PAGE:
Using Microsoft’s technology, Jump Studio offers advanced immersive media technologies, such as volumetric video capture to create holographic videos by shooting a person’s dynamic movements. By combining these with SK Telecom’s ‘T Real Platform,’ which is built with spatial recognition and rendering technologies, the result is highly immersive mixed reality content that can be played on most devices.
High-quality 360-degree 3D holograms – such as the ones of Deoksugung Palace – are created at Jump Studio by using 106 cameras that shoot at up to 60 frames per second (FPS). The technology can significantly reduce both time and cost needed for content production by automating the existing 3D modelling and animation process through the use of artificial intelligence (AI), 3D processing and rendering technologies.
Jump Studio also holds the power to bring immersive media content into the existing media environment. The facility is able to compress 600 gigabytes of raw footage from a one-minute production shoot into a 300-megabyte file. The file can then be streamed to mobile devices via an MPEG-4 file.
Content production based on existing 3D modelling techniques usually involves a complicated manual process. By using Microsoft’s volumetric technology, Jump Studio has fully automated the process from mesh construction to motion generation to produce high-quality end results with authentic looking holographic humans.
For instance, it took about three to four months and hundreds of millions of Korean won to create a three-minute content based on existing 3D modelling techniques. With Jump Studio, the process can now be completed within just one to two weeks and at less than half the cost.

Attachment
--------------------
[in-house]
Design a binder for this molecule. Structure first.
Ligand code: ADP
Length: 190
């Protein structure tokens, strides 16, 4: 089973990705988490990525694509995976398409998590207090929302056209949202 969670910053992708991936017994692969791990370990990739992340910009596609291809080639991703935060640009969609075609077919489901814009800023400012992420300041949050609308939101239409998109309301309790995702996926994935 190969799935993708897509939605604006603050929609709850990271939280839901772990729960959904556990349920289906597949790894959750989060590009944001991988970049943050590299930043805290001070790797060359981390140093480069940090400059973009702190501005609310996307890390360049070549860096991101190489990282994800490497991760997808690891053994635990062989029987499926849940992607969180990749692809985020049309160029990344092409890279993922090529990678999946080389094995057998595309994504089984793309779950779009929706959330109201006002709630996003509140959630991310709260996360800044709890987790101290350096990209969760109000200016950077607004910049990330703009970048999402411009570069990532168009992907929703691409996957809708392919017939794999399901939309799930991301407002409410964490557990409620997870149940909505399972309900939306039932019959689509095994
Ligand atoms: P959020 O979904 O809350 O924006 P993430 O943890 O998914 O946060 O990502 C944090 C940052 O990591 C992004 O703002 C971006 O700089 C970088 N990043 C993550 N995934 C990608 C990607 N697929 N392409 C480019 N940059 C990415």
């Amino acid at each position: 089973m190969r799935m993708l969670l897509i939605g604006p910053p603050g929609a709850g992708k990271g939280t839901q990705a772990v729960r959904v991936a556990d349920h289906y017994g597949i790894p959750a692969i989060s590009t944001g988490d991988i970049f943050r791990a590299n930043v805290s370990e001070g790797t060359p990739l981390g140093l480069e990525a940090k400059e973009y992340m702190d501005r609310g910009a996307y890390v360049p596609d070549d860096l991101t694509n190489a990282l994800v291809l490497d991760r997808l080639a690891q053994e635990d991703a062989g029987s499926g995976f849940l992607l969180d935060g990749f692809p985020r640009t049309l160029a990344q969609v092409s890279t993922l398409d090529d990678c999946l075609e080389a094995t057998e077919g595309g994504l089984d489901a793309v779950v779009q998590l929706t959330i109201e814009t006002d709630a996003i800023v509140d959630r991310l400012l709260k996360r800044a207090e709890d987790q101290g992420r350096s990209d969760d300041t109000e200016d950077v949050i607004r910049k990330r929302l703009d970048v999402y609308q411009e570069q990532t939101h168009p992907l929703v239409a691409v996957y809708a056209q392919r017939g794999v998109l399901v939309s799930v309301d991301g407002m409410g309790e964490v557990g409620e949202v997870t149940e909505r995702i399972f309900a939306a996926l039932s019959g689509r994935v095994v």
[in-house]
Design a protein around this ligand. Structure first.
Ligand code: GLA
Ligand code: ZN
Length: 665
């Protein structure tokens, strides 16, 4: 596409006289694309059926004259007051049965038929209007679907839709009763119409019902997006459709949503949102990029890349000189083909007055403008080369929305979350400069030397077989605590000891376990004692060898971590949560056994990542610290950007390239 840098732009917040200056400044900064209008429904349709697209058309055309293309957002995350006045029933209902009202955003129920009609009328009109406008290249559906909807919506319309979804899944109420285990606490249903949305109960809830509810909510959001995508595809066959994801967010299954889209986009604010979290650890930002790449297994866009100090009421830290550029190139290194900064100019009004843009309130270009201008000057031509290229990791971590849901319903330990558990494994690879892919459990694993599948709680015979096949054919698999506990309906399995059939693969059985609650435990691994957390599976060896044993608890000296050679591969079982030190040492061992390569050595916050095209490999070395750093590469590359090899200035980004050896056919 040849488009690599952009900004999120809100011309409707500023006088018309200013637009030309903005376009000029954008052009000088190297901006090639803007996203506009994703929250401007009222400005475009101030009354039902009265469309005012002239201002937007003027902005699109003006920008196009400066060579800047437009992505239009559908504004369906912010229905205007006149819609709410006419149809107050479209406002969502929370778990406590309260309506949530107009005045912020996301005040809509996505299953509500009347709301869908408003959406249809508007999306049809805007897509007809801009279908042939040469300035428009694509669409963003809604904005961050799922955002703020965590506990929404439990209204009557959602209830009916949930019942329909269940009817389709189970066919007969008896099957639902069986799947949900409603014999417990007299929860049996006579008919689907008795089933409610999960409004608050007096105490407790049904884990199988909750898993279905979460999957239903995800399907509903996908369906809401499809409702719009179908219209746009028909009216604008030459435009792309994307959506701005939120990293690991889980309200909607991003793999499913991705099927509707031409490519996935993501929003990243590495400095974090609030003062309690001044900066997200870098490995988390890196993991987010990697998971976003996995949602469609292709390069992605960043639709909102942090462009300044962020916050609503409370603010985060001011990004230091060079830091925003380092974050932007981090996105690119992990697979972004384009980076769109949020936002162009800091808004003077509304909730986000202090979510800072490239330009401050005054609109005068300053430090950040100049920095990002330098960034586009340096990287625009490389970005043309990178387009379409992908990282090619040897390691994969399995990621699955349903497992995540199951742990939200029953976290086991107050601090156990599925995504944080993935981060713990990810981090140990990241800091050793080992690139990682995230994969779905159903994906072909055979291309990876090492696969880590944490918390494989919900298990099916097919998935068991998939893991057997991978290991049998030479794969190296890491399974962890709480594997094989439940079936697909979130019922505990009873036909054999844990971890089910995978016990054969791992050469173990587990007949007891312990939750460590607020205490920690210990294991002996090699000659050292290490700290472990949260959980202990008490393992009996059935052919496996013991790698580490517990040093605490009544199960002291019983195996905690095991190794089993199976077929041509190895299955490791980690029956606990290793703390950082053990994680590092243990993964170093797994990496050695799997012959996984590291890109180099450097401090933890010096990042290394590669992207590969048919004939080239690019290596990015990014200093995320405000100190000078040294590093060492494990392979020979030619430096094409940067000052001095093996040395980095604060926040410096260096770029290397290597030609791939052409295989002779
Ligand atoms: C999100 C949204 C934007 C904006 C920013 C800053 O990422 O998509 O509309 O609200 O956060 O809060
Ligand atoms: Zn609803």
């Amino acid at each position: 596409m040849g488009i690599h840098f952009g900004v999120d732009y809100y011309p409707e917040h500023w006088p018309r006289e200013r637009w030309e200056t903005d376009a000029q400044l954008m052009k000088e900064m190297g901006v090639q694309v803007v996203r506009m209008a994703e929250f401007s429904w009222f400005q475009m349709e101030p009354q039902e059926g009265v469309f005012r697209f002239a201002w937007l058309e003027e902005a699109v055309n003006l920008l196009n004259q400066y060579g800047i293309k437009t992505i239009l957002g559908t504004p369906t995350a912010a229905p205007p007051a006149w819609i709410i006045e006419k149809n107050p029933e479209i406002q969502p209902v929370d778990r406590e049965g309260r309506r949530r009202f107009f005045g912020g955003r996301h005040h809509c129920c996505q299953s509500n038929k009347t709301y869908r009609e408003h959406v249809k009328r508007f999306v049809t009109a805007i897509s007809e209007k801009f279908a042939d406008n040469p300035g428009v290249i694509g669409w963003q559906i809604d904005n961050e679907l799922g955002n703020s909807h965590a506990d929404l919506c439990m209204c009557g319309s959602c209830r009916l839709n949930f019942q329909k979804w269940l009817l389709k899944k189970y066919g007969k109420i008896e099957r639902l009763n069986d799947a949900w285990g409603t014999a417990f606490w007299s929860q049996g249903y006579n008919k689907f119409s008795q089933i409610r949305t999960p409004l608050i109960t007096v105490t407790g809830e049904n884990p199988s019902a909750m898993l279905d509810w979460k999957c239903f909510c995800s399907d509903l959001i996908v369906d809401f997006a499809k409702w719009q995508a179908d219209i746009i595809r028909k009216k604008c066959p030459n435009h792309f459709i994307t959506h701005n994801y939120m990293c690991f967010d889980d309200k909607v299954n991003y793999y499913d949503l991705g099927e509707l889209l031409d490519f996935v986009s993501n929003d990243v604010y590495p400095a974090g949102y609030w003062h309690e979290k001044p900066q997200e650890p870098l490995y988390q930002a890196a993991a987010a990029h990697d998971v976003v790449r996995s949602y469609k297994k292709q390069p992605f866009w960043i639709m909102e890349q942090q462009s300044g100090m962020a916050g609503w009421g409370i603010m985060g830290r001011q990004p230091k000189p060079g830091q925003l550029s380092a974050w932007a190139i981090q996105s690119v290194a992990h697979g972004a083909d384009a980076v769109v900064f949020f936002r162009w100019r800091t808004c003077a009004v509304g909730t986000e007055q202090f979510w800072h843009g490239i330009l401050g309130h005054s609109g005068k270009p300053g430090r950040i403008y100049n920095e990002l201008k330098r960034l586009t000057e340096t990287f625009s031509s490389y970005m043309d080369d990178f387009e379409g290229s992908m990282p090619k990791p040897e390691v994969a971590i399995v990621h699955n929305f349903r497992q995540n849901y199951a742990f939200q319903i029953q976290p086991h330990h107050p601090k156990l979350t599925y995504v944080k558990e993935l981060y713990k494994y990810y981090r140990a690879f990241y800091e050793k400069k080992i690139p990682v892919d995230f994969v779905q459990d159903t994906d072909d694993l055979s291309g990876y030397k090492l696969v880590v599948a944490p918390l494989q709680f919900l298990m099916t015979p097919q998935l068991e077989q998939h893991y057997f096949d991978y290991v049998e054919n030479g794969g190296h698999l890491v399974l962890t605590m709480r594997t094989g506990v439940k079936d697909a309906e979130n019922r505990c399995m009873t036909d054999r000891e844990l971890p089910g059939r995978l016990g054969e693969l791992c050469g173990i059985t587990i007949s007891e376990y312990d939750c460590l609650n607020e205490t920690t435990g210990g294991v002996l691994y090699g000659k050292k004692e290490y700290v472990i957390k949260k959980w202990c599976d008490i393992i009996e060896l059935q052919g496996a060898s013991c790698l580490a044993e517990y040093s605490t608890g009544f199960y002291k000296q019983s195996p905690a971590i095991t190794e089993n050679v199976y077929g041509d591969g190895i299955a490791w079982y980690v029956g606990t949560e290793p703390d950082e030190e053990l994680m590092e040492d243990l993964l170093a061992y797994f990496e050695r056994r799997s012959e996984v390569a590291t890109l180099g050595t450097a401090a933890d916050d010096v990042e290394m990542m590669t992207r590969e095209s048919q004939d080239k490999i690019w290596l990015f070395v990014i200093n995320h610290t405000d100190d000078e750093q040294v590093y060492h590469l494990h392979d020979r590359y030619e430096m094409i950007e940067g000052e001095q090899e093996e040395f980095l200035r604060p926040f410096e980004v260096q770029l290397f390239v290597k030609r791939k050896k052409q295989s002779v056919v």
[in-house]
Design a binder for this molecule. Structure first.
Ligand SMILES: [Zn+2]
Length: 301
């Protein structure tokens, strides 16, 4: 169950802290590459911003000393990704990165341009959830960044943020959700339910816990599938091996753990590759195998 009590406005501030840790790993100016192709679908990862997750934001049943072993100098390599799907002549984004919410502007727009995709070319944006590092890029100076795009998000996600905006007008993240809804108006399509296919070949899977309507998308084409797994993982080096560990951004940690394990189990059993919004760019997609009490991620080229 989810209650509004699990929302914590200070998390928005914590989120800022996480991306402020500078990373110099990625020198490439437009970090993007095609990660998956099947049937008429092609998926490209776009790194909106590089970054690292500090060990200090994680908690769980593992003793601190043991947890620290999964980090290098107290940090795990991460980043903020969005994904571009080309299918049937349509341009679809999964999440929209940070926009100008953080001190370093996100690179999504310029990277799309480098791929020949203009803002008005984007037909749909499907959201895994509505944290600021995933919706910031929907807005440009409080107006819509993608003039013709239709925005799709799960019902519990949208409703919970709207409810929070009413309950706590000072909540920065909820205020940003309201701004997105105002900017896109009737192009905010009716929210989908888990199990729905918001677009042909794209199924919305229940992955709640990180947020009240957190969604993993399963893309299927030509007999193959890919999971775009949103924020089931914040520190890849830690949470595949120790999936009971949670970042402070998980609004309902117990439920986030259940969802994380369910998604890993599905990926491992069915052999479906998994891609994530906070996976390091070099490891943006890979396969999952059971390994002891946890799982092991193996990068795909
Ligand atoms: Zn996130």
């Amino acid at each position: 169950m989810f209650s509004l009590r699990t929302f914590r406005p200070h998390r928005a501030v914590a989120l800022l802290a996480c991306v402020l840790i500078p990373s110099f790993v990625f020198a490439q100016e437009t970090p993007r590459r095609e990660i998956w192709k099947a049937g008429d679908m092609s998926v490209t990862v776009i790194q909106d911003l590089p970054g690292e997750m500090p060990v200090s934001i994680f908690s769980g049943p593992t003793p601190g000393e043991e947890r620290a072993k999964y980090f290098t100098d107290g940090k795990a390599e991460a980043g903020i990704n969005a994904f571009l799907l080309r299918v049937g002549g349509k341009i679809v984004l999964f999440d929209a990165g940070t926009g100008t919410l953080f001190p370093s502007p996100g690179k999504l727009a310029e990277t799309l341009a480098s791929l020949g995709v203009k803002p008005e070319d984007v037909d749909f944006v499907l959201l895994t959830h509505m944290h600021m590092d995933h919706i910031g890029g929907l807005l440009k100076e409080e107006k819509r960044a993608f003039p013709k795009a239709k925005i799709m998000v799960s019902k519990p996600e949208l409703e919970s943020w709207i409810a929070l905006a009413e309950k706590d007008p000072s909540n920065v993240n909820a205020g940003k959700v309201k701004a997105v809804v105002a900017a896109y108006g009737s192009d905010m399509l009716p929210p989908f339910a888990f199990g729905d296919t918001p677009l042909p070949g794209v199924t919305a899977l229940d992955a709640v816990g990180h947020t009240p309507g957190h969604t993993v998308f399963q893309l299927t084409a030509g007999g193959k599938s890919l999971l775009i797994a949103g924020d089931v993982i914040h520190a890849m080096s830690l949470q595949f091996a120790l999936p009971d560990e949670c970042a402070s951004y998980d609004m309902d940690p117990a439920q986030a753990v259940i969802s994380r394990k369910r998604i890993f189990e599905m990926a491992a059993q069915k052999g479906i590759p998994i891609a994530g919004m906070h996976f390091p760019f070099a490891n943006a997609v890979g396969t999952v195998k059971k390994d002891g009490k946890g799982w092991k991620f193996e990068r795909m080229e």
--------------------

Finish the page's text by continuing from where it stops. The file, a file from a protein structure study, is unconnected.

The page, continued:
Asia’s mixed reality content hub
According to the Korea Institute of Science and Technology Information and Korea Creative Content Agency, the global market for mixed reality is expected to reach KRW 2.101 trillion by 2022.
Through Jump Studio, SK Telecom plans to further enrich the content offerings of its media services, including Jump AR and Jump VR, SK Telecom’s immersive service platforms. Jump VR is a social VR world that can be enjoyed on both mobile and head mounted displays. Jump AR offers diverse AR services including AR Zoo where users can bring up and view a realistic the real world.
“With Jump Studio, SK Telecom will lead the popularization of immersive media by expanding Mixed Reality offerings,” said Jeon, adding that “our goal is to shape Jump Studio into the leading content creator hub in Asia”.
Meanwhile, SK Telecom plans to work together with diverse businesses such as entertainment companies, production agencies, advertisement companies, fashion, health and education, games, TV and film studios. For instance, 3D avatars of idol groups can be created for performances and advertisements, as well as to make game and movie characters.
Moreover, 3D holograms can be used in countless areas. For instance, doctors will be able to use holograms of patients to study the most effective treatment; and holograms of living celebrities can be created to be kept in a museum permanently.